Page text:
The Paintbrush


A story that has been handed down through the generations *wink*

“Just one story, please?”
Belinda was a soft touch and her kids knew it. She smiled ruefully, settled in the centre of the double bed shared by the twins and tucked one under each arm.
“So, what shall the story be about?”
“Monsters!” yelled Amy.
“A painter.” Laura smiled.
Belinda snuggled deeper under the blankets and nodded thoughtfully.
“Do you know, I have just the thing. My mother told me this story when I was about your age, and her mother told her. It’s been in the family for many years, and do you know the best thing about it?” She paused and the children shook their heads, staring with wide eyes, “It’s all true!”

‘A long time ago, when there were still kings who rode to war on valiant chargers, queens who were wooed by wandering minstrels, and princesses being awoken with magical kisses, there lived a handsome knight. His name was Alexander, and he was the king’s favourite. Every bard in the land, every minstrel, sang songs and told tales of Sir Alexander DeLacey, the strongest, bravest, smartest knight ever to have served a king.

Now, one day, whilst travelling the lands on quests for the king, Alexander happened to stay overnight at the home of a lowly baron whose family had long since fallen out of favour with the king over some trifling remark, forgotten by all. The baron had a daughter who was fair and slender, graceful and clever, and Alexander fell in love with her instantly. Being a very chivalrous knight, he went to the baron and asked for the girl’s hand which was readily given as the father saw an easy way to get back into the king’s good books.

Alexander had a lot more business to fulfill and could not marry the girl on the spot as it was not the thing to take a bride on perilous quests in those times. Alexander wished to have the girl’s image with him at all times so he searched the village until he found a competent painter. The artist was asked to paint a perfect miniature of the girl and given twenty-four hours to complete it. The poor artist, terrified of losing the favour of the king’s favourite, painted image after image but none were quite perfect. He was ready to despair when there came a knock at the door.

Answering it, the artist found a slim parcel on his step. It bore only his name, and he had no idea who had left it, though he looked up and down the silent street for any sign of the messenger. Puzzled, he returned inside and picked up a knife to cut the string. Tired, his hand slipped and he pierced his thumb along with the string. As the plain brown paper fell open he sucked his thumb and stared at the bare black box that was revealed. Curious now, and glad to be distracted from his impossible commission, he flicked open the box lid and find himself gazing open the most beautiful brush he had ever seen. It was as black as midnight with the purest of white bristles, and the instant he held it between his fingers it felt like it had been there all his life.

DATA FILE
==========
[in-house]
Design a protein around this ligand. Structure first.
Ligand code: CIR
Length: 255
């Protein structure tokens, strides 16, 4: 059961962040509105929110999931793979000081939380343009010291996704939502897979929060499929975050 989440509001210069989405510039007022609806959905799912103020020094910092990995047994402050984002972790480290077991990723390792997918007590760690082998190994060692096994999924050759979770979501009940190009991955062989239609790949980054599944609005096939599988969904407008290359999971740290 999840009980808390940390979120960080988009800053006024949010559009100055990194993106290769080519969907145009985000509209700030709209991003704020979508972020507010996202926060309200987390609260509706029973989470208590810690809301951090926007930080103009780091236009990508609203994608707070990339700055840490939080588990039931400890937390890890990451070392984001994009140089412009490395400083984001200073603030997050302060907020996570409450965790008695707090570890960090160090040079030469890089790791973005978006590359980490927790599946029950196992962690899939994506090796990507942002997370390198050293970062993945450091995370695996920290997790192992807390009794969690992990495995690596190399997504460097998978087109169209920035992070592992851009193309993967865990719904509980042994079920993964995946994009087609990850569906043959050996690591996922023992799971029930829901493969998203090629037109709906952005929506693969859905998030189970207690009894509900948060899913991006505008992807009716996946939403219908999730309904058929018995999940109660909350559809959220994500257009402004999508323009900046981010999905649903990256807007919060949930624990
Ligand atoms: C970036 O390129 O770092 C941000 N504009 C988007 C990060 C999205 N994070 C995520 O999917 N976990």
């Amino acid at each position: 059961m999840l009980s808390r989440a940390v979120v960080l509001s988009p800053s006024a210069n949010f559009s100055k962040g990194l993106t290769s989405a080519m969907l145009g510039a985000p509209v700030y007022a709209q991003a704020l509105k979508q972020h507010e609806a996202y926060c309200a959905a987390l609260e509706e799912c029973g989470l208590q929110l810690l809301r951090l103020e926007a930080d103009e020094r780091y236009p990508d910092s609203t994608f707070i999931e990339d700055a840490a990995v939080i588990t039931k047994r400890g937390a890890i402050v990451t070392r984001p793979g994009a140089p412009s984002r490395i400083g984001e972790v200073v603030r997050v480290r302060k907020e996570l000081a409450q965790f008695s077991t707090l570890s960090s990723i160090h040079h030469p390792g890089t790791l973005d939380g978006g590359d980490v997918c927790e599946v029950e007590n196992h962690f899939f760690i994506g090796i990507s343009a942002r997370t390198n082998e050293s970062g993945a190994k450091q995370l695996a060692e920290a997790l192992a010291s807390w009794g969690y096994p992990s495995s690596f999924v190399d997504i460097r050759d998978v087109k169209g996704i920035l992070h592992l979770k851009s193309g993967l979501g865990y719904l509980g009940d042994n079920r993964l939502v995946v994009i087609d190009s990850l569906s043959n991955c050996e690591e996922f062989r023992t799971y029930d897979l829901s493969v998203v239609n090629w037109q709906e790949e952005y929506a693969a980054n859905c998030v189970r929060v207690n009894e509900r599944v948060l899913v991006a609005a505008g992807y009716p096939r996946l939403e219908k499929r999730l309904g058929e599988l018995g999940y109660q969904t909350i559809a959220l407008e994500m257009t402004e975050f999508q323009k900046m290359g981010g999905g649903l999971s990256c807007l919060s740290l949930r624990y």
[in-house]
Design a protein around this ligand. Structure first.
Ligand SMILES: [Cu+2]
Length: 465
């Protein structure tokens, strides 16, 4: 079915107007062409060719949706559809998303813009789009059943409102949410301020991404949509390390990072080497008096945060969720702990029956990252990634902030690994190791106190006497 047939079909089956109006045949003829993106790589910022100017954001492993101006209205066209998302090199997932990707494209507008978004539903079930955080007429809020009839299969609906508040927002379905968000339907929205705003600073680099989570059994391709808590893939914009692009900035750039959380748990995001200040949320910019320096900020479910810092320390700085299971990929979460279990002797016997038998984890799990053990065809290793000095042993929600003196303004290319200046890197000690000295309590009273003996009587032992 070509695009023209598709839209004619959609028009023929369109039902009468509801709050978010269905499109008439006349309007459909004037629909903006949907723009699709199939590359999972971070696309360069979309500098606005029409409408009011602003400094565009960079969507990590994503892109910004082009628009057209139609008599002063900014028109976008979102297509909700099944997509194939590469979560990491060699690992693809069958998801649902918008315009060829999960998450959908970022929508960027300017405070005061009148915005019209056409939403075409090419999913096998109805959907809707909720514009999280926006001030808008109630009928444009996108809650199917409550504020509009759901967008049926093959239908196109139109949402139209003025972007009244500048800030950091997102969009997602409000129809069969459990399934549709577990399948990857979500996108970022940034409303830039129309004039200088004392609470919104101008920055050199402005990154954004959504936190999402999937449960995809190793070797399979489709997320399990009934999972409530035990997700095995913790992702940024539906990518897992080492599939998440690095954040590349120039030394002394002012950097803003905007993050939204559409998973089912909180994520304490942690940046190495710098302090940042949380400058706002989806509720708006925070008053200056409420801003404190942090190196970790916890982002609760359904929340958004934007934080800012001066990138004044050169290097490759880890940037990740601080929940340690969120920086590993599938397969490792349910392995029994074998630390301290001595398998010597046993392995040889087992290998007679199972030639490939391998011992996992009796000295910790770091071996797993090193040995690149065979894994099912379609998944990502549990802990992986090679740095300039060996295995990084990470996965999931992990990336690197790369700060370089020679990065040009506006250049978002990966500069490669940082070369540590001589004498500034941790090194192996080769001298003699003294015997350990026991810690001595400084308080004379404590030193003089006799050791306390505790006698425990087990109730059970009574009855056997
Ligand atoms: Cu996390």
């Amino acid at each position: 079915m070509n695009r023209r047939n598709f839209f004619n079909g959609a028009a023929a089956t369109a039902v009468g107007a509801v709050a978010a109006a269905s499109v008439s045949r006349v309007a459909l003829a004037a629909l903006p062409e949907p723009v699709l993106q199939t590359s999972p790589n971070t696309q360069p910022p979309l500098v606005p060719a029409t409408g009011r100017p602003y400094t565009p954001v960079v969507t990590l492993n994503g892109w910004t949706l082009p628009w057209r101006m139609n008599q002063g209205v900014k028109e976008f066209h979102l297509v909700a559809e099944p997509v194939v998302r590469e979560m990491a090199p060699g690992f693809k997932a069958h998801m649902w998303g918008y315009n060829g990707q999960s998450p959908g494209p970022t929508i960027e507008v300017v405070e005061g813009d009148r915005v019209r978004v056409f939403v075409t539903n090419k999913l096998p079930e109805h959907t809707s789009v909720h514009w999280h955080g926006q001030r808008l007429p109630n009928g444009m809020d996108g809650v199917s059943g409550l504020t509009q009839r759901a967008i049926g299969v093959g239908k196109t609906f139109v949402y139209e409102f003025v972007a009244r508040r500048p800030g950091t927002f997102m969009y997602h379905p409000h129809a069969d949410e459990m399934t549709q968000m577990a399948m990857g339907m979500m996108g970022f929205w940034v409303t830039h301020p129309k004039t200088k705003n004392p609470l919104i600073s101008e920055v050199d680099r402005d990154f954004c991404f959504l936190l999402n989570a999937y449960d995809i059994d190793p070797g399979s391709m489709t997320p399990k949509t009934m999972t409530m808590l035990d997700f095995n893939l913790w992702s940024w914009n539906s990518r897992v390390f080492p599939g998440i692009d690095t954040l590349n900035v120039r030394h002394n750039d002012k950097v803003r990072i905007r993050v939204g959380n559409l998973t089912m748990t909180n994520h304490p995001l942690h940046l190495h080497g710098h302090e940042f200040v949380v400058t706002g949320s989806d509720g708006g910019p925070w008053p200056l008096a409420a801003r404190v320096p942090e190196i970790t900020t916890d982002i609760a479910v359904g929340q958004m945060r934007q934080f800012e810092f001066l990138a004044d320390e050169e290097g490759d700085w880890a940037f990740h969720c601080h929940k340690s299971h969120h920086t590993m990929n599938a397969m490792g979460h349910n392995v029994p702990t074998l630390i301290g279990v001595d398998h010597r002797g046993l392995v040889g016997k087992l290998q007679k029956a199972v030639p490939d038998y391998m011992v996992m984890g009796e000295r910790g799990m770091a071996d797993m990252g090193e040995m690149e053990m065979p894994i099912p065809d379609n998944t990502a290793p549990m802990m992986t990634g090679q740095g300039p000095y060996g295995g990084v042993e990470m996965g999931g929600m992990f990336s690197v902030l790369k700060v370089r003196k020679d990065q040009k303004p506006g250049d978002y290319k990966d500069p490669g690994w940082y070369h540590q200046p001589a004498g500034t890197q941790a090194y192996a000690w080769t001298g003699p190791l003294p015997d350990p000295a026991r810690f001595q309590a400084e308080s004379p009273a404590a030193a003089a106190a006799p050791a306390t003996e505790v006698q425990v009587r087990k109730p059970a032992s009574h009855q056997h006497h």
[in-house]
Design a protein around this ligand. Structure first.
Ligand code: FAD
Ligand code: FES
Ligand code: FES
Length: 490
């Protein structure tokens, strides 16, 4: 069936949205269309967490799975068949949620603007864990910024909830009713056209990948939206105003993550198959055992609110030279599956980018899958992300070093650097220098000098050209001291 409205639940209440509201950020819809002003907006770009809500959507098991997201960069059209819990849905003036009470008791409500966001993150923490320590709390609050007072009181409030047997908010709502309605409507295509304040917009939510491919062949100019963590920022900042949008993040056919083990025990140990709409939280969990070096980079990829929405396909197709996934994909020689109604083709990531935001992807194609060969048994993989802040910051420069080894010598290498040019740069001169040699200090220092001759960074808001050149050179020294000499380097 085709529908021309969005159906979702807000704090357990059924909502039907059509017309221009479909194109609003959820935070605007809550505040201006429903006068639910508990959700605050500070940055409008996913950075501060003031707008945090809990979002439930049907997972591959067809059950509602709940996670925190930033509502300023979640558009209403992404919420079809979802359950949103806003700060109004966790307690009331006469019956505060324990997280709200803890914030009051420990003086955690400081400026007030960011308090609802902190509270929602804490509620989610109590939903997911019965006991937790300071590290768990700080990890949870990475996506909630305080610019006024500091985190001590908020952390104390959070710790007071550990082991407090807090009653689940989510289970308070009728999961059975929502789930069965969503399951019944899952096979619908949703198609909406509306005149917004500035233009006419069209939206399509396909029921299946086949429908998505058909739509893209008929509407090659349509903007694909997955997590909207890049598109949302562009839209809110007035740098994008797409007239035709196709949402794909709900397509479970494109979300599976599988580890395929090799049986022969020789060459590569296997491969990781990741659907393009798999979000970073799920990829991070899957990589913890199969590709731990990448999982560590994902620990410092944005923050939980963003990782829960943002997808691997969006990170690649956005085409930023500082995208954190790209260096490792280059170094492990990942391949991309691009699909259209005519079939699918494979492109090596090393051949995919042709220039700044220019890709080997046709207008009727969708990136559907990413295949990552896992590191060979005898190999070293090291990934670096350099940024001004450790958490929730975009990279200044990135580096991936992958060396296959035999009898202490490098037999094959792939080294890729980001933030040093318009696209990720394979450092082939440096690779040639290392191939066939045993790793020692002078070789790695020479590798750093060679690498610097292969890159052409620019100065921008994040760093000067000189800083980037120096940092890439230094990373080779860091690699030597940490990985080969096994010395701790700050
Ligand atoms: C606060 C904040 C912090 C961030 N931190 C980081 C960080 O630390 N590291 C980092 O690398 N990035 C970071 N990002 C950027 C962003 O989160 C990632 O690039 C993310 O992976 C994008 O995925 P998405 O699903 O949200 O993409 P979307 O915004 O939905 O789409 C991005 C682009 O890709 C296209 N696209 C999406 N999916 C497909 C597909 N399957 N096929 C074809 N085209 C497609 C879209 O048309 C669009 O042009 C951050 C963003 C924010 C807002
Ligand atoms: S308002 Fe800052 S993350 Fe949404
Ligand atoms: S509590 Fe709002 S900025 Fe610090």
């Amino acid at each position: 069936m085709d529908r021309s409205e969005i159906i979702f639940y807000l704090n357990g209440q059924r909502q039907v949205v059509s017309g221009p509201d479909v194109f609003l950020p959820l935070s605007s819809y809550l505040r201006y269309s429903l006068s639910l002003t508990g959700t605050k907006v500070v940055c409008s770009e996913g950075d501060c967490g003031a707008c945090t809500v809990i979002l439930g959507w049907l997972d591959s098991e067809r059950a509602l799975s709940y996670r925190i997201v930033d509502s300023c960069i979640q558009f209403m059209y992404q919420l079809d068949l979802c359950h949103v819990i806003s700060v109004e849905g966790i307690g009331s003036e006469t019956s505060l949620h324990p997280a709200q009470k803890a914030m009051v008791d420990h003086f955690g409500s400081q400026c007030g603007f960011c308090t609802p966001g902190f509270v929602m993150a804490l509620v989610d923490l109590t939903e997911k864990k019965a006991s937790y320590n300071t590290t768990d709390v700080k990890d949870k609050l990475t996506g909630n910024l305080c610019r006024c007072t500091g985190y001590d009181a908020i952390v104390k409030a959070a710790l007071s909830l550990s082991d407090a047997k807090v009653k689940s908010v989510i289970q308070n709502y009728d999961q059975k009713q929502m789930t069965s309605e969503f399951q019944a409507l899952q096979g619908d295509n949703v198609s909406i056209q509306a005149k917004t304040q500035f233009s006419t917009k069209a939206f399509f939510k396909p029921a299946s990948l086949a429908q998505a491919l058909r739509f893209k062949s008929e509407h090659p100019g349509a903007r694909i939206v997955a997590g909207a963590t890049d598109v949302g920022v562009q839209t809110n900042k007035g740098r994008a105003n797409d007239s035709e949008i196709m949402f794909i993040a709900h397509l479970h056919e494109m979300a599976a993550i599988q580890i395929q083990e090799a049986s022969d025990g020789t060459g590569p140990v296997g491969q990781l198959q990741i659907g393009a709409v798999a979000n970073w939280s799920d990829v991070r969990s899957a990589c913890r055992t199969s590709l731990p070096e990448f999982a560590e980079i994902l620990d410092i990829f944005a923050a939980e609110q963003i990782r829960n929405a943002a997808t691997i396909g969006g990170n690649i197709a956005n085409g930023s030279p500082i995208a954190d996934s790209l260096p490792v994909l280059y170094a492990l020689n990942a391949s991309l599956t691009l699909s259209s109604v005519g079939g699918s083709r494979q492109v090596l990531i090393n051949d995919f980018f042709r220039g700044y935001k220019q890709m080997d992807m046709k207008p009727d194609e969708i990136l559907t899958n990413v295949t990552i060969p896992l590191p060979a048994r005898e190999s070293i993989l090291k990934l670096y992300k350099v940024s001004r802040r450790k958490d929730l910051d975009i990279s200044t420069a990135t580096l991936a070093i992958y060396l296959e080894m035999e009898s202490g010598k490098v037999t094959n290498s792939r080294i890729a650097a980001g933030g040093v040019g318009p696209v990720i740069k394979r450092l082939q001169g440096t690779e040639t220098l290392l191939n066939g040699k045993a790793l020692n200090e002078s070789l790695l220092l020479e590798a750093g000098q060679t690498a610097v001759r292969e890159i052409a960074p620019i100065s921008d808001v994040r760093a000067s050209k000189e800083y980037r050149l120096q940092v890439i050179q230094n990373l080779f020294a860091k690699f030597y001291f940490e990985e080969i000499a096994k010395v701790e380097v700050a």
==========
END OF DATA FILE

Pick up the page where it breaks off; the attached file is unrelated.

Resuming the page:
“Surely, with such a perfect brush I shall paint a superior image?” he told the canvas before him and began to paint. He became so enthralled in the stunning picture he was creating that he did not notice the tiny trickle of blood running down the brush and filtering through the bristles. Finally, exhausted and with fingers painfully cramped, he stepped back and admired the perfect image of the girl which Alexander could not fail to love. The painter collapsed into his chair and slept instantly, never hearing the faint laughter which echoed around the still room.

Alexander was indeed delighted with the painting and paid the artist twice what he had promised. Wherever he went, the knight showed off the image of his beautiful fiancée and people began to flock to the door of the painter, all wanting one of those perfect images, of a daughter, a son, a mother, a husband. As the painter grew rich from his commissions, though he never again painted anything so flawless, time passed and Alexander returned to marry his beautiful lady. Upon a chance encounter in the street, he was blocked by a woman huddled under a shawl, hunched of back and stumbling of step. Anxious to see his beloved, Alexander gently moved the woman from his path with an apology, but her words stayed him.
“Sir Knight, do you not know me?”
The woman pushed back her shawl and Alexander was struck dumb; for here was his betrothed, the one whose image he had kept beside his heart through all the long months, but she was wizened, wasted to a thread, bent of back and lame.
“What ails you, woman?”